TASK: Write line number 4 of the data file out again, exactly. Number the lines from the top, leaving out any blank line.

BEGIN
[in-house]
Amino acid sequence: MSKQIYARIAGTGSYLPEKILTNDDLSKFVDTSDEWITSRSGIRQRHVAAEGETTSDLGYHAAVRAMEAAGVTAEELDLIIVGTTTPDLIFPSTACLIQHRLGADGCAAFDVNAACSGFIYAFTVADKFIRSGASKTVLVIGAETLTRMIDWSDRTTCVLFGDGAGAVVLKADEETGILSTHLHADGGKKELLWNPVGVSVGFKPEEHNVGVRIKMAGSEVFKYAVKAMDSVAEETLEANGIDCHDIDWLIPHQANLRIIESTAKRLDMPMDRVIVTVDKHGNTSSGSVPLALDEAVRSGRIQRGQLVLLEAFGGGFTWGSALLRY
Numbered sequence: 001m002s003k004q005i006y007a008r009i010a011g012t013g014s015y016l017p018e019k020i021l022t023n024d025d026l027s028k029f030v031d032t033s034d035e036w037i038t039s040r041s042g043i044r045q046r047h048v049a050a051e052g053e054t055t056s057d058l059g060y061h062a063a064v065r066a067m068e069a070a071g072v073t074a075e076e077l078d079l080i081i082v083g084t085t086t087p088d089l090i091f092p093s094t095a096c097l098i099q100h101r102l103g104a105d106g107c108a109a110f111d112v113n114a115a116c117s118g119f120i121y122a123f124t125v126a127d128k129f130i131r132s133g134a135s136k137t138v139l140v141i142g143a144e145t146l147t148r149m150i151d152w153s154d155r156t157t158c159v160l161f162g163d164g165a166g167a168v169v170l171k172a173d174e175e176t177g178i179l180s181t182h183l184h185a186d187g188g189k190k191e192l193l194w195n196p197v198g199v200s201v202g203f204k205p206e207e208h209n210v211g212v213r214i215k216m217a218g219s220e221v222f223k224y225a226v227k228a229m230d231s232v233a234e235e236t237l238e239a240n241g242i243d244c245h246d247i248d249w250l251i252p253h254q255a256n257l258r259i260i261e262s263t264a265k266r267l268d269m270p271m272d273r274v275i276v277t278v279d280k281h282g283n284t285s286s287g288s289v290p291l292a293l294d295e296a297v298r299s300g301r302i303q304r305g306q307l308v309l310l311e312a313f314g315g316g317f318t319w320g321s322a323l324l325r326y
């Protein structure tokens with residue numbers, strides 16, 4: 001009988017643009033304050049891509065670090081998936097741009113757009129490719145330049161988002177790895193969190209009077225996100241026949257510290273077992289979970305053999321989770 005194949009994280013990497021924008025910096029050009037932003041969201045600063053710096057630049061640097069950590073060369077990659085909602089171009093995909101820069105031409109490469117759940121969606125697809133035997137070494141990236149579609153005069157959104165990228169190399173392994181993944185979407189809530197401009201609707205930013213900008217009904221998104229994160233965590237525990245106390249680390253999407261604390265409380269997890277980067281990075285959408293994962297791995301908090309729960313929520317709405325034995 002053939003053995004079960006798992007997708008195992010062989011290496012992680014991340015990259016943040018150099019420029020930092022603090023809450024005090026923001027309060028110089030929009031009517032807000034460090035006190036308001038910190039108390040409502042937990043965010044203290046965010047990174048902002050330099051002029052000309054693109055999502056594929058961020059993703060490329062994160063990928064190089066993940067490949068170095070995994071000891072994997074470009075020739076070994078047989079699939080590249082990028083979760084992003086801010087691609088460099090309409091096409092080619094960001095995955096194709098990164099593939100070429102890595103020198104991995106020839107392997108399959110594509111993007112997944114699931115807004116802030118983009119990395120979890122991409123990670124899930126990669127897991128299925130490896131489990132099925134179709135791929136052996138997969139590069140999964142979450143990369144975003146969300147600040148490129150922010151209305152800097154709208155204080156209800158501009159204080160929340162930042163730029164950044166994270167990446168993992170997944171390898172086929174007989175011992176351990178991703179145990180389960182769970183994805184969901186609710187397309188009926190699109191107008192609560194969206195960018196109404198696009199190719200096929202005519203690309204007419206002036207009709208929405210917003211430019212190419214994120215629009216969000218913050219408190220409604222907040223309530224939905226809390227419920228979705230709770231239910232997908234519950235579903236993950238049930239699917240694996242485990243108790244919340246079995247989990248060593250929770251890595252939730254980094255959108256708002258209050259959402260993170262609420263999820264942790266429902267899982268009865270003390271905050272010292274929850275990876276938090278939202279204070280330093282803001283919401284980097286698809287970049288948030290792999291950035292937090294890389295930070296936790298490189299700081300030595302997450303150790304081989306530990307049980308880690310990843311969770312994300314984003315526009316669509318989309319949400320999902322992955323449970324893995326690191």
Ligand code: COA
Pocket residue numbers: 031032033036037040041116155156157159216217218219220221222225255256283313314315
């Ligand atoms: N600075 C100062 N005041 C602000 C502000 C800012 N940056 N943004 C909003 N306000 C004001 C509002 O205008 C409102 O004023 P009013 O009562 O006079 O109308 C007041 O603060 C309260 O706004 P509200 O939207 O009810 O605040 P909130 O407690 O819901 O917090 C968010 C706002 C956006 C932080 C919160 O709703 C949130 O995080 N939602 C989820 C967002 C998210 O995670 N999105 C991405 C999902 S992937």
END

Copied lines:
């Protein structure tokens with residue numbers, strides 16, 4: 001009988017643009033304050049891509065670090081998936097741009113757009129490719145330049161988002177790895193969190209009077225996100241026949257510290273077992289979970305053999321989770 005194949009994280013990497021924008025910096029050009037932003041969201045600063053710096057630049061640097069950590073060369077990659085909602089171009093995909101820069105031409109490469117759940121969606125697809133035997137070494141990236149579609153005069157959104165990228169190399173392994181993944185979407189809530197401009201609707205930013213900008217009904221998104229994160233965590237525990245106390249680390253999407261604390265409380269997890277980067281990075285959408293994962297791995301908090309729960313929520317709405325034995 002053939003053995004079960006798992007997708008195992010062989011290496012992680014991340015990259016943040018150099019420029020930092022603090023809450024005090026923001027309060028110089030929009031009517032807000034460090035006190036308001038910190039108390040409502042937990043965010044203290046965010047990174048902002050330099051002029052000309054693109055999502056594929058961020059993703060490329062994160063990928064190089066993940067490949068170095070995994071000891072994997074470009075020739076070994078047989079699939080590249082990028083979760084992003086801010087691609088460099090309409091096409092080619094960001095995955096194709098990164099593939100070429102890595103020198104991995106020839107392997108399959110594509111993007112997944114699931115807004116802030118983009119990395120979890122991409123990670124899930126990669127897991128299925130490896131489990132099925134179709135791929136052996138997969139590069140999964142979450143990369144975003146969300147600040148490129150922010151209305152800097154709208155204080156209800158501009159204080160929340162930042163730029164950044166994270167990446168993992170997944171390898172086929174007989175011992176351990178991703179145990180389960182769970183994805184969901186609710187397309188009926190699109191107008192609560194969206195960018196109404198696009199190719200096929202005519203690309204007419206002036207009709208929405210917003211430019212190419214994120215629009216969000218913050219408190220409604222907040223309530224939905226809390227419920228979705230709770231239910232997908234519950235579903236993950238049930239699917240694996242485990243108790244919340246079995247989990248060593250929770251890595252939730254980094255959108256708002258209050259959402260993170262609420263999820264942790266429902267899982268009865270003390271905050272010292274929850275990876276938090278939202279204070280330093282803001283919401284980097286698809287970049288948030290792999291950035292937090294890389295930070296936790298490189299700081300030595302997450303150790304081989306530990307049980308880690310990843311969770312994300314984003315526009316669509318989309319949400320999902322992955323449970324893995326690191």